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For Immediate Release
Office of the First Lady
April 26, 2005
Mrs. Bush's Remarks at Helping America's Youth Event in Arizona
The Heard Museum
12:45 P.M. MST
MRS. BUSH: Thank you. Thanks, everybody. Derwin, thank you very much for your very excellent introduction and for telling us about your story. I'm impressed by your determination to avoid risky behaviors and to stay connected to your family and your culture, and to the good values that you've learned from them.
I want to acknowledge John Lewis, Executive Director, Inner-Tribal Council of Arizona. Thank you very, very much for joining us today and introducing me, as well. And also to Frank Goodyear, the Director of the Heard Museum. As all of you know, the Heard Museum depicts the vibrant life of the Native Americans.
Also, to all the tribal leaders and elders who serve as role models and as guides for our youth, to the tribal youth royalty who are here, who represent the tribal nations at events around the country, and who serve as role models for other young people in your communities. Thank you all so much for what you do and thank you for joining me today.
In his State of the Union address this year, President Bush announced a new initiative called Helping America's Youth. The goal of Helping America's Youth is to help children make healthy decisions in their lives so they can grow up to be successful and healthy. The initiative calls for actions in the three most important parts of a child's life: a child's family, a child's school, and a child's community. We all know that boys and girls, especially as they get to their teen years, face hazards. Smoking and drinking may look appealing to children when they see older kids doing it. Drugs are a temptation. Young people often feel pressured to have sex. Gangs and violence are a regular presence in many neighborhoods.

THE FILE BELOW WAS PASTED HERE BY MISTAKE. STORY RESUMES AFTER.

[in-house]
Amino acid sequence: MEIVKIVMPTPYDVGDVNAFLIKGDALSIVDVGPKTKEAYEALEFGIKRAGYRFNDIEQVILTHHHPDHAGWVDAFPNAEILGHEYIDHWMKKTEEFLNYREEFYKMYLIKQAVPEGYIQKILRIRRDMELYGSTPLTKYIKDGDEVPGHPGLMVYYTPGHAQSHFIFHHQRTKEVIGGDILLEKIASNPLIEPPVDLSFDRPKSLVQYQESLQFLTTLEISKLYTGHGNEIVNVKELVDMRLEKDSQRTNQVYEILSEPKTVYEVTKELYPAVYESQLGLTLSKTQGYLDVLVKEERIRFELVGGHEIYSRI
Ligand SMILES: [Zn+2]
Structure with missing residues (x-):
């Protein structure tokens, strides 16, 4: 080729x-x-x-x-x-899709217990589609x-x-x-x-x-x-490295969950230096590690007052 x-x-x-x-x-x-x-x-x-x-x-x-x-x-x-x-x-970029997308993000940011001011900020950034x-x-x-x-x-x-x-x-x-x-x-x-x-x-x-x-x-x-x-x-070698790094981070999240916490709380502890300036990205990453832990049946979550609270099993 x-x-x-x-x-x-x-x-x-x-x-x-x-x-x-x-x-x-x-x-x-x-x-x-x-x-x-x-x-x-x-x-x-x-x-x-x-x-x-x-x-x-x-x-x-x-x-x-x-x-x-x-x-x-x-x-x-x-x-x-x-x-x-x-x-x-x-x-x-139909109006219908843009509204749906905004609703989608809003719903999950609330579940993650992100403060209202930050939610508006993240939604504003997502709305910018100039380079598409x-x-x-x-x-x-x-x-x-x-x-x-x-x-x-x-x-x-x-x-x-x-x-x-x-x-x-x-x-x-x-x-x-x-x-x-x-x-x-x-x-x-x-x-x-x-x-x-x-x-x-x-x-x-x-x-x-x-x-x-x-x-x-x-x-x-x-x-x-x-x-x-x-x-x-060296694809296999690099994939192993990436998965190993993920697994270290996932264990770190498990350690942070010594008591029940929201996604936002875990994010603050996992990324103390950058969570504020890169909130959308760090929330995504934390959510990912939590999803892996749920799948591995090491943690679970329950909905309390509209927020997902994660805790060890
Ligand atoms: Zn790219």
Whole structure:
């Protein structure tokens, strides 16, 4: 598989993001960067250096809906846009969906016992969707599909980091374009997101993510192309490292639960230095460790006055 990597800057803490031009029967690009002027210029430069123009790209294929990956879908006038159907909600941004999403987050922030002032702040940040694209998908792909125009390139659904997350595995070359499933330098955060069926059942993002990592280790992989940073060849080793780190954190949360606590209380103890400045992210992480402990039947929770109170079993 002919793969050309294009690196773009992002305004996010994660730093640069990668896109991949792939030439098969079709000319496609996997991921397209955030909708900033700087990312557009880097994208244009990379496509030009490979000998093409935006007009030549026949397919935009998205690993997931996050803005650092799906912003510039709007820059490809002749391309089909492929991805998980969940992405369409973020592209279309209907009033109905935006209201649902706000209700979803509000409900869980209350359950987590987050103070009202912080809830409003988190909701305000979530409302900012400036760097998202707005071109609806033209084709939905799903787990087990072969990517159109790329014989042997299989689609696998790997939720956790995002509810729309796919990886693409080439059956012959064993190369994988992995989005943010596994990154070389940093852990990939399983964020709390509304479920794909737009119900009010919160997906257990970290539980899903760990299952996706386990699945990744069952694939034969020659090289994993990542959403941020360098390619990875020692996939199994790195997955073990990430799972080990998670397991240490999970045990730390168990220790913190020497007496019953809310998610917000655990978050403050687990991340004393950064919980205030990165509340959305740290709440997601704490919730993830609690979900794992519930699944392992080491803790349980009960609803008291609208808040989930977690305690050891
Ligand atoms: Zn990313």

These challenges aren't limited to any one part of the country or to any one segment of society. Every child has to make the choice between healthy behaviors that lead to success and risky behaviors that can lead down a road of bad outcomes. Our responsibility as adults is to help children resist negative pressures and excel in every part of their lives.
Tribal youth face the same challenges that other kids in America face. Native American parents worry about their children using drugs or alcohol. They worry about sexual activity that can lead to early pregnancy or sexually transmitted diseases. They worry about violence, a fear that was heightened by the recent tragedy at Red Lake High School in Minnesota.
A particular concern is that tribal youth who live in big cities like Phoenix can become disconnected from their culture. As teens struggle to figure out who they are and where they fit in the world, a connection to their family and their heritage lends stability to their lives. The strong inter-generational ties of Native American culture are a great benefit for children. Young people who hear positive messages from their parents, their grandparents, their aunts and uncles, are more likely to avoid risky behaviors, and this is true in every culture.